Subsidy: Pump price of petrol hits N170/ liter in Lagos

As the Nigerian National Petroleum Corporation (NNPC) reportedly unofficially resumes subsidy payment (under recovery) there were indication that some fuel stations in Lagos have taken advantage of the confusion to jack up their pump price to N170 per liter.


This came as queue has returned in some petrol station visited by Sunday Telegraph in parts of the Amuwo Odofin area of Lagos State as consumers rush to buy out of fear that the price of the product would soon hit the roof.

The price of Nigeria’s Bonny Light had risen to $63.11 on Wednesday in the international market, causing the landing cost of petrol in Nigeria to rise to N180 per liter. Meanwhile, contrary to speculations last week that the pump price would be jacked up by the Federal Government in line with its avowed commitment to total deregulation of the downstream sector of the nation’s oil/gas industry, NNPC announced that the pump price remains unchanged in March even as some fuel stations in Lagos had unofficially started selling the product at N170 per liter.

Prices will remain the same in “order not to jeopardize ongoing engagements with organised labour and other stakeholders on an acceptable framework that will not expose the ordinary Nigerian to any hardship,” Kennie Obateru, spokesman of NNPC said in a statement Monday.

It is the third straight month that prices haven’t moved. However, queues of vehicles formed outside some filling stations in Lagos this week, an indication that the NNPC could be running low on stocks and consumer are already panicking. This often occurs when the cost of subsidies become unbearable for the government. The NNPC warned “marketers”, the firms that buy gasoline from the company and sell to consumers, not to hoard the product.


There is “enough stock of petrol to keep the nation well supplied for over 40 days,” the NNPC said. The Federal Government seized the opportunity of the collapse in oil prices last year to remove subsidies on fuel that made the product one of the cheapest globally. Minister of State for Petroleum Resources Timipre Sylva said in September that Nigeria expected to save as much as N1 trillion ($2.4 billion) a year after abolishing the support that the state has provided since the 1980s.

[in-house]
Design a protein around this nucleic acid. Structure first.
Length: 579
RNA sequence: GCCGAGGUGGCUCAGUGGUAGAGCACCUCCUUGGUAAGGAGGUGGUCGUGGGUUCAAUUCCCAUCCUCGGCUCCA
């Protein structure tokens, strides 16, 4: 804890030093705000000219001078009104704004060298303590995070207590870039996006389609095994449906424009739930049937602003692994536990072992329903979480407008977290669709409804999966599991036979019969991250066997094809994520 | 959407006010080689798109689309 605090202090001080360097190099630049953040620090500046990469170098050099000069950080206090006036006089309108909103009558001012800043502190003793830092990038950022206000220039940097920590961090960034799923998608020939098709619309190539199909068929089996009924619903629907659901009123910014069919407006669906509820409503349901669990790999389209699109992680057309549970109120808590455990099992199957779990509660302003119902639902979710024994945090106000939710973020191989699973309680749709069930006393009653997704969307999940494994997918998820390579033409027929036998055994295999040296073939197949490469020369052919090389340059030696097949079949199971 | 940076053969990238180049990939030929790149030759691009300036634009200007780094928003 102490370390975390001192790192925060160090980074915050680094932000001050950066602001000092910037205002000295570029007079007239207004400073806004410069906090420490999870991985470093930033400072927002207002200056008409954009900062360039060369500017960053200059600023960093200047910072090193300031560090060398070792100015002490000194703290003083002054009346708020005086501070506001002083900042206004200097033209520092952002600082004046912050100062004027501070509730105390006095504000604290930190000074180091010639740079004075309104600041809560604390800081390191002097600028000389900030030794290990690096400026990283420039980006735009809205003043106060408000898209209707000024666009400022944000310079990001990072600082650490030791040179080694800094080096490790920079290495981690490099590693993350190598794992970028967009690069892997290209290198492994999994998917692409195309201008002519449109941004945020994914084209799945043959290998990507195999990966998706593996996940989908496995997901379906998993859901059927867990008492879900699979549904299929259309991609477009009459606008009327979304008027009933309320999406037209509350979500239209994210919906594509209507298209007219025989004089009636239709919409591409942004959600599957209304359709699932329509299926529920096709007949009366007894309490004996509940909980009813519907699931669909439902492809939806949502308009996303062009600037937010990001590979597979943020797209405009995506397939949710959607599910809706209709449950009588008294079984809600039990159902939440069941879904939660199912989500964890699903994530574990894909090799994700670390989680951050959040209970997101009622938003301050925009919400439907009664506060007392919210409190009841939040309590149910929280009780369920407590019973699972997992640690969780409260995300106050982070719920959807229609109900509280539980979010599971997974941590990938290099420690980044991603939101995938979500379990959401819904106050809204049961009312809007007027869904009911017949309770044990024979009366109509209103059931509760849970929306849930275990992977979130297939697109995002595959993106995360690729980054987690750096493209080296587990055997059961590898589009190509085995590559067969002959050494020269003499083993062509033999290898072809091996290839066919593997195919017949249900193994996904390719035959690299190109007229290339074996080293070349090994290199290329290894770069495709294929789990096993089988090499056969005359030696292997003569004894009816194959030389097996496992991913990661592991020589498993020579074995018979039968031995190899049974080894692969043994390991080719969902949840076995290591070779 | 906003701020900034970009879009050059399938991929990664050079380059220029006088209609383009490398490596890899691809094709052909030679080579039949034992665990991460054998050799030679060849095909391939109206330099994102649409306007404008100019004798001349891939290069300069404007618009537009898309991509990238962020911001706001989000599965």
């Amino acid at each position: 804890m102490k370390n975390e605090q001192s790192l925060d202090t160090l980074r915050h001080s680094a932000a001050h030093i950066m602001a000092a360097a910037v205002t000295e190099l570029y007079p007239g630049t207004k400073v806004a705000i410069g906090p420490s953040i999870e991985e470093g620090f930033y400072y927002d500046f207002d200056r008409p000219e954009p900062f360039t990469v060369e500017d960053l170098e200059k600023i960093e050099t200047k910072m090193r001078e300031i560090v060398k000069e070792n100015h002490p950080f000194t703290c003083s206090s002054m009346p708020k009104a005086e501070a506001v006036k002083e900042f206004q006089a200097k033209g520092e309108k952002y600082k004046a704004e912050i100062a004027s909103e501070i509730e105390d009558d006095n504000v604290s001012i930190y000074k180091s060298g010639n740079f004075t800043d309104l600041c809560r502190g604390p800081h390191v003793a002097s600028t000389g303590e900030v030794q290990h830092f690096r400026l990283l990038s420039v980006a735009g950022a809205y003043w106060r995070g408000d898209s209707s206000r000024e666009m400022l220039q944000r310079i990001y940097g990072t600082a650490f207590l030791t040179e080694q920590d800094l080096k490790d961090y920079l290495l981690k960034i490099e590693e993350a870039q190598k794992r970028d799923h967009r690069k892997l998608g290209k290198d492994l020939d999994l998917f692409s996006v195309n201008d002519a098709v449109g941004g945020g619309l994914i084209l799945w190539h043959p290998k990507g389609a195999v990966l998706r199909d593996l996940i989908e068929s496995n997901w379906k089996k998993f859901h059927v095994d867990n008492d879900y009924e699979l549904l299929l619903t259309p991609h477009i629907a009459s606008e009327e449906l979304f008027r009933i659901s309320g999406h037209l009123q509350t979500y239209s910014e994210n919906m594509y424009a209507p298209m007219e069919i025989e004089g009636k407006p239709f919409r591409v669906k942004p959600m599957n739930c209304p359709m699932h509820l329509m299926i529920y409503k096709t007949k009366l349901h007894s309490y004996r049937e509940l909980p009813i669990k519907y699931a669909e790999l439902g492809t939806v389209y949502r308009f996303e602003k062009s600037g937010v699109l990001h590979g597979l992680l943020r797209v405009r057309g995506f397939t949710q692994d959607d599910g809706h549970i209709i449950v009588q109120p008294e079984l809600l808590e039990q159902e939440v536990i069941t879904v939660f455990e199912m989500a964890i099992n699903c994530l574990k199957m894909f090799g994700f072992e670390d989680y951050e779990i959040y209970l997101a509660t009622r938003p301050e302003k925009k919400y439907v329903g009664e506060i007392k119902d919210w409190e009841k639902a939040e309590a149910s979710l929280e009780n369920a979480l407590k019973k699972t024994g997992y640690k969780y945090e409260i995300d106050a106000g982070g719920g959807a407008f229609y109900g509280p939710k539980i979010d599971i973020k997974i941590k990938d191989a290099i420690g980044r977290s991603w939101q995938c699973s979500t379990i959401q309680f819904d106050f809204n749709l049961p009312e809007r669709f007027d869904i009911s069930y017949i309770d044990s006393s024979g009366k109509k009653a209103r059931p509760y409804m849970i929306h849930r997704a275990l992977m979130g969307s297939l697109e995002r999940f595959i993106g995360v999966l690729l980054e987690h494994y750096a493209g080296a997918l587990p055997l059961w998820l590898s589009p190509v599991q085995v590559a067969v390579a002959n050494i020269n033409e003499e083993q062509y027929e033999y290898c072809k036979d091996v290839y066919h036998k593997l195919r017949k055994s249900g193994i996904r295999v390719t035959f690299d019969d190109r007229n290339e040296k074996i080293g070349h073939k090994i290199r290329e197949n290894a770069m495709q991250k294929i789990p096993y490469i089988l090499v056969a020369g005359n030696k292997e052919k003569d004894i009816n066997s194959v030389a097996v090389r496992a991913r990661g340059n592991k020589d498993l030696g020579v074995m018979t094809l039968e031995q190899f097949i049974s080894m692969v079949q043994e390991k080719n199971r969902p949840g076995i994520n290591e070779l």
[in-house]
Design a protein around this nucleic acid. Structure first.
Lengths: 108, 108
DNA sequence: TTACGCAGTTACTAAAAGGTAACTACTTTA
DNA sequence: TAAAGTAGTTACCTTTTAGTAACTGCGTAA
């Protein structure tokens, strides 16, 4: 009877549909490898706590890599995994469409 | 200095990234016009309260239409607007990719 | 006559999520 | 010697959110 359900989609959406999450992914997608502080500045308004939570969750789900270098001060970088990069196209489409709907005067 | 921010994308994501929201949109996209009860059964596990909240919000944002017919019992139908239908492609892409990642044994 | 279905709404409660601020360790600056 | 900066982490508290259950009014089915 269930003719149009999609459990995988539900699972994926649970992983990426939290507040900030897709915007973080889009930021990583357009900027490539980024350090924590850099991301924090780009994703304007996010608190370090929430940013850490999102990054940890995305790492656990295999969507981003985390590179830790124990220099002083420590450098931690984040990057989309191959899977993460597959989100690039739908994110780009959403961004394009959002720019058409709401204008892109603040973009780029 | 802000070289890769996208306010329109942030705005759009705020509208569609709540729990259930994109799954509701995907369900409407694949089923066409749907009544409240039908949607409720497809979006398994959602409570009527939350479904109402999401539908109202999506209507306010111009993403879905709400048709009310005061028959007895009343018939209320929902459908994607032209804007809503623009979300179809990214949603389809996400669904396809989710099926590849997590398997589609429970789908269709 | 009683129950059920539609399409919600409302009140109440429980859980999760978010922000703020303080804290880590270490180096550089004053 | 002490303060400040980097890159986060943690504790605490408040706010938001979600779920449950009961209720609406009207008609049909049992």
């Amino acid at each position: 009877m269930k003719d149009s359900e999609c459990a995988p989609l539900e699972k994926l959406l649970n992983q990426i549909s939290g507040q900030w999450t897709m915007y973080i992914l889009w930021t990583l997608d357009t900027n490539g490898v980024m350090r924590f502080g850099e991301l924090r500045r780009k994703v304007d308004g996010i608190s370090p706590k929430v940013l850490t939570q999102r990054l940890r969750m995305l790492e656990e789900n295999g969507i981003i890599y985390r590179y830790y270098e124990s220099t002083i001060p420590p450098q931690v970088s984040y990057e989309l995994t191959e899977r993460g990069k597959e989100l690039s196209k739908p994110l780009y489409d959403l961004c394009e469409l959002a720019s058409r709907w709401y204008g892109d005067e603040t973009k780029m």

The NNPC is the sole importer of petrol in the country and is taking the hit by not increasing the price at which it sells to the firms that distribute the fuel around the country.


The pump price of petrol should be about N200 per liter, compared to just N165 per liter that it retails at, according to Tunji Oyebanji, the Chairman of the Major Oil Marketers Association of Nigeria and chief executive officer of 11 Plc, a large operator of filling stations.

“I don’t see how NNPC can survive if it has to finance that kind of gap,” Oyebanji said in a speech on Feb. 25. Nigerian spent N10.7 trillion on fuel subsidies in the last 10 years, including N750 billion in 2019, according to Oyebanji. The NNPC could pass these costs as extra income on to the government if customers paid marketdriven prices for petrol, supporters of deregulation have argued.


Landing cost hits N180 per liter


The landing cost of the product rose from N151 to N180 per litre, due mainly to rising price of crude oil in the international market.


The rise of crude oil price from $58 to more than $63 per barrel, yesterday, culminated in refiners incurring additional cost in the process of procuring, refining and supplying petrol to consumers, thus causing marketers to also incur additional cost, especially as a bulk of the product is currently imported into the country.


Nevertheless, it was gathered that the pump price could rise from N162 to about N190 per litre when the marketers’ margins and other considerations are added. However, the Nigerian National Petroleum Corporation, NNPC has summoned the major marketers, independent marketers and other stakeholders to a crucial meeting, the outcome which is yet to be made public at the time of writing this report.


Informed sources in the sector, who pleaded anonymity, said stakeholders were generally opposed to further increase in price in order not to cause instability in the sector, and by extension the nation’s economy, meaning that the NNPC would continue to bear the burden of subsidy as the government did not make provision for it in the 2021 budget.


However, speaking virtually on, ‘After Deregulation, What Next?’ in Lagos, February 11, 2021, Mr. Adetunji Oyebanji, Chairman, MOMAN, had said: “With a fully deregulated downstream industry, the natural fear and anticipation of Nigerians is the increase in the price of transportation, food items, and the attendant economic hardships.




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